It all started with an account I was reading about a naturalist whose main job was taking care of displaced orangutans near Borneo. He became curious about small trees that were thriving around a large tree of the same species that was dying. He wondered if they were related and also why something that was killing the older trees seemed to be helping the younger ones. That goes against our standard idea of disease as something that hurts everything and in turn must itself be completely destroyed. He dug up the roots and traced them back between the trees. They were connected and the old mother tree seemed to be feeding the young ones with its last bit of energy and creating space in the canopy to bring light to the young trees.
I couldn’t find the reference again when I looked for it. But then I came across a TED [Technology, Entertainment, Design] talk by Suzanne Simard about trees. As a forest biologist Simard wondered if trees of different species shared information with each other.
She concocted an experiment using a little plantation of trees set in an older forest. Trees produce sugar carbohydrates during photosynthesis. She set up pairs of trees and covered a birch tree in clear plastic and a fir tree in black plastic so that the clear one would be photosynthesizing sugars and the other would be just using sugars. Then she introduces radioactive carbon-14 carbon dioxide gas into the clear plastic tent. She did that to 80 pairs of trees until a mother grizzly bear chased her back to her truck. She waited in her truck for an hour or so while the mother grizzly bear and her cub settled down in a nearby huckleberry patch and the birch tree under the clear plastic photosynthesized using carbon 14.
Then she tested the trees with a Geiger counter. The fir trees under the black plastic showed up as having carbon-14 that it could only have gotten from sugars created by the birch tree.
That was over 30 years ago. Many tests on trees of the same species, trees of different species and trees near their offspring showed that most shared sugars, particularly if they also had the same DNA. In fact fir trees sent sugars back to birch trees in the winter when the birch had lost their leaves. So yes trees could be mothers to younger trees and good neighbors to companion trees of different species.
Wanting to check this out in my own patch of forest, I walked up an old road. I saw lots of young trees near old fir trees on the wet side of the hill. As I got to the top of the grade a group of deer ran off with their white tails waving behind them. They had been standing in a grove of pine trees. But the ground underneath was bare except for pine needles, not even brush. It was a good place for deer to wait with clear views and open escape routes, but not really a forest of mother trees or different species.
Clearly more was going on here. I contacted my friendly local foresters for some advice. Jay Berube retired as a forest ecologist in 2003. This companion tree line of thinking was not well known back then. It was known that trees of the same species adapt to their local environment and matching seed stock to their locale was important for resistance to diseases such as root rot. Jay noted that pine trees do better in dry ground than fir trees. The fir trees were growing young to restock the wet side of the hill. The pine trees depend on fire to regenerate but must resist it somewhat to survive. So an open grove with no ladder fuels for fires but pine needles on the ground was a perfect for them. Berube said that pine trees are allopathic and actually prevent other plants from growing. There were younger pine trees growing in road cuts with some serviceberry trees for companions. And just a few hundred feet away was a dense stand of young pine that had regenerated after a fire or farming disturbance with no other species underneath.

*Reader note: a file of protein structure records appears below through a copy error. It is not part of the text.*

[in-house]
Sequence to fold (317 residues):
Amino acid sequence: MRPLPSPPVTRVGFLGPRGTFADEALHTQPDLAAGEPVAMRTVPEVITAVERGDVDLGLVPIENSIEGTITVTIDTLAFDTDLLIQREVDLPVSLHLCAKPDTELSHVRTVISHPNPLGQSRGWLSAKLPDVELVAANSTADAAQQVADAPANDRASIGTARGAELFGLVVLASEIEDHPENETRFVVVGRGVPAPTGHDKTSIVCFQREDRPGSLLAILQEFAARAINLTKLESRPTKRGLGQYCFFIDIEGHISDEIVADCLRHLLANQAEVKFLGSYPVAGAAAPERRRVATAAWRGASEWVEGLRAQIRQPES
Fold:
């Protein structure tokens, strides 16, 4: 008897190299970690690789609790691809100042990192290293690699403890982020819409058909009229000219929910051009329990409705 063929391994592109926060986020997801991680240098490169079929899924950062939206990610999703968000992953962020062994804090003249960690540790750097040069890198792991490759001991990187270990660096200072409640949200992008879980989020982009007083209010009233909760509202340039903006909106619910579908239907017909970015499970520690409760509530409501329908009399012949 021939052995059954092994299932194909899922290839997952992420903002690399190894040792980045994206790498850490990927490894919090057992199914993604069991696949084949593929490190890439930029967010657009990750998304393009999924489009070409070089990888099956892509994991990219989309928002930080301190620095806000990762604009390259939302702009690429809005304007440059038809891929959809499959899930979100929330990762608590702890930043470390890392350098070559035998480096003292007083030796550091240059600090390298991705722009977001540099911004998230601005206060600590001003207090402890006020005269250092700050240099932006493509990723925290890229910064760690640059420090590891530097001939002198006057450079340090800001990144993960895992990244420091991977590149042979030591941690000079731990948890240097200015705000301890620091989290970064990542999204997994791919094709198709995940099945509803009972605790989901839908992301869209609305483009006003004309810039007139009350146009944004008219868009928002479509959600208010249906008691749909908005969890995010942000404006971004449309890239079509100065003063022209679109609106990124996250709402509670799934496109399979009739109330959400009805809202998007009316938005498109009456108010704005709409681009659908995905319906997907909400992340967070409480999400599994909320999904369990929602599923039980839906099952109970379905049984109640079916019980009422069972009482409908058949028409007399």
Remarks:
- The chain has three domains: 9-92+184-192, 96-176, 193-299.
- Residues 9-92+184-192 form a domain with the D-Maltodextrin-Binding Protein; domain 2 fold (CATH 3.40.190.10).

Another finding from Suzanne Simod’s studies was that mixed species forests are more resistant to disease. The reason for this is not simply that the bugs are more spread out between their preferred host species but also that they share signals that certain pests are around and the trees develop resistance to them. The combination of spreading out the target species and help from the companion species must act a little like “social distancing” and give trees more time to “flatten the curve” of infection.
But it is not just trees that are involved. The pathway for this communication and exchange of material is not roots alone. (TED.com) Mycorrhizal fungi act as the highways between the tree roots. Several species of the hundreds of possible fungi may work with each tree. They live on the sugars from the trees but also bring water, minerals, sugars and signals from the rest of the underground biome to their hosts.
So the take away is that “as below, so above.” The plants in the air, like the millions of organisms in the soil help each other out. The hallmarks of a healthy environment are not only diversity and abundance, but also cooperation. Survival of the fittest means survival of the most cooperative. Approaches to management that attempt to eliminate “pathogens” using chemicals and mechanics that involve massive collateral damage ultimately make plants even more susceptible to drought and disease. Insects, animals and birds also cooperate in this biome.
Forester Bill Berrigan reminds us that “There is so much more to learn about tree’s interactions that we should not be making cutting decisions that may hurt the trees and the soils that they grow in.”